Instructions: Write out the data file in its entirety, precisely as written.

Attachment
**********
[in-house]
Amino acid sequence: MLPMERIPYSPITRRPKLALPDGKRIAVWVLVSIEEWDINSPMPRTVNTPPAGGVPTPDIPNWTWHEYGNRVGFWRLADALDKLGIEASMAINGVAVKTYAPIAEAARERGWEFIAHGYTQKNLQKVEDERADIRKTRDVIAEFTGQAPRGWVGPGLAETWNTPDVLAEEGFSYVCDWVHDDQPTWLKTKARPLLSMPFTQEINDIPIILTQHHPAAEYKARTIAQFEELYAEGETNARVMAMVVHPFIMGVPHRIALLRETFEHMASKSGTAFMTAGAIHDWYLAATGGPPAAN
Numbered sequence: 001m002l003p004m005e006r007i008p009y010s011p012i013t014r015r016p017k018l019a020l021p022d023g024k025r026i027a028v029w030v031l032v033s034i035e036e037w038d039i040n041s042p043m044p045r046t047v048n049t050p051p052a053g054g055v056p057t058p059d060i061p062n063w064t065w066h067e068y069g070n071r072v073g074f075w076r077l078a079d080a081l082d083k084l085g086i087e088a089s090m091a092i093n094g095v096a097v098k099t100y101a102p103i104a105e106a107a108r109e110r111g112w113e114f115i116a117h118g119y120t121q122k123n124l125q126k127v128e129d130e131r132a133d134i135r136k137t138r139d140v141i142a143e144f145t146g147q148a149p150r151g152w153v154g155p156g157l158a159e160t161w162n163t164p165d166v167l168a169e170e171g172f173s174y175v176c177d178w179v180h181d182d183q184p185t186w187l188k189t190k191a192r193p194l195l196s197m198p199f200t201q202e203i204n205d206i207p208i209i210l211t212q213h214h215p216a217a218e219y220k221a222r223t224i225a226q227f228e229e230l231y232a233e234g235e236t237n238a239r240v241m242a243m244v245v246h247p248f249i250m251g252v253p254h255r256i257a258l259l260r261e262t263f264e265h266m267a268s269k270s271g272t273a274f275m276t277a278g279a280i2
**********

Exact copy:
[in-house]
Amino acid sequence: MLPMERIPYSPITRRPKLALPDGKRIAVWVLVSIEEWDINSPMPRTVNTPPAGGVPTPDIPNWTWHEYGNRVGFWRLADALDKLGIEASMAINGVAVKTYAPIAEAARERGWEFIAHGYTQKNLQKVEDERADIRKTRDVIAEFTGQAPRGWVGPGLAETWNTPDVLAEEGFSYVCDWVHDDQPTWLKTKARPLLSMPFTQEINDIPIILTQHHPAAEYKARTIAQFEELYAEGETNARVMAMVVHPFIMGVPHRIALLRETFEHMASKSGTAFMTAGAIHDWYLAATGGPPAAN
Numbered sequence: 001m002l003p004m005e006r007i008p009y010s011p012i013t014r015r016p017k018l019a020l021p022d023g024k025r026i027a028v029w030v031l032v033s034i035e036e037w038d039i040n041s042p043m044p045r046t047v048n049t050p051p052a053g054g055v056p057t058p059d060i061p062n063w064t065w066h067e068y069g070n071r072v073g074f075w076r077l078a079d080a081l082d083k084l085g086i087e088a089s090m091a092i093n094g095v096a097v098k099t100y101a102p103i104a105e106a107a108r109e110r111g112w113e114f115i116a117h118g119y120t121q122k123n124l125q126k127v128e129d130e131r132a133d134i135r136k137t138r139d140v141i142a143e144f145t146g147q148a149p150r151g152w153v154g155p156g157l158a159e160t161w162n163t164p165d166v167l168a169e170e171g172f173s174y175v176c177d178w179v180h181d182d183q184p185t186w187l188k189t190k191a192r193p194l195l196s197m198p199f200t201q202e203i204n205d206i207p208i209i210l211t212q213h214h215p216a217a218e219y220k221a222r223t224i225a226q227f228e229e230l231y232a233e234g235e236t237n238a239r240v241m242a243m244v245v246h247p248f249i250m251g252v253p254h255r256i257a258l259l260r261e262t263f264e265h266m267a268s269k270s271g272t273a274f275m276t277a278g279a280i2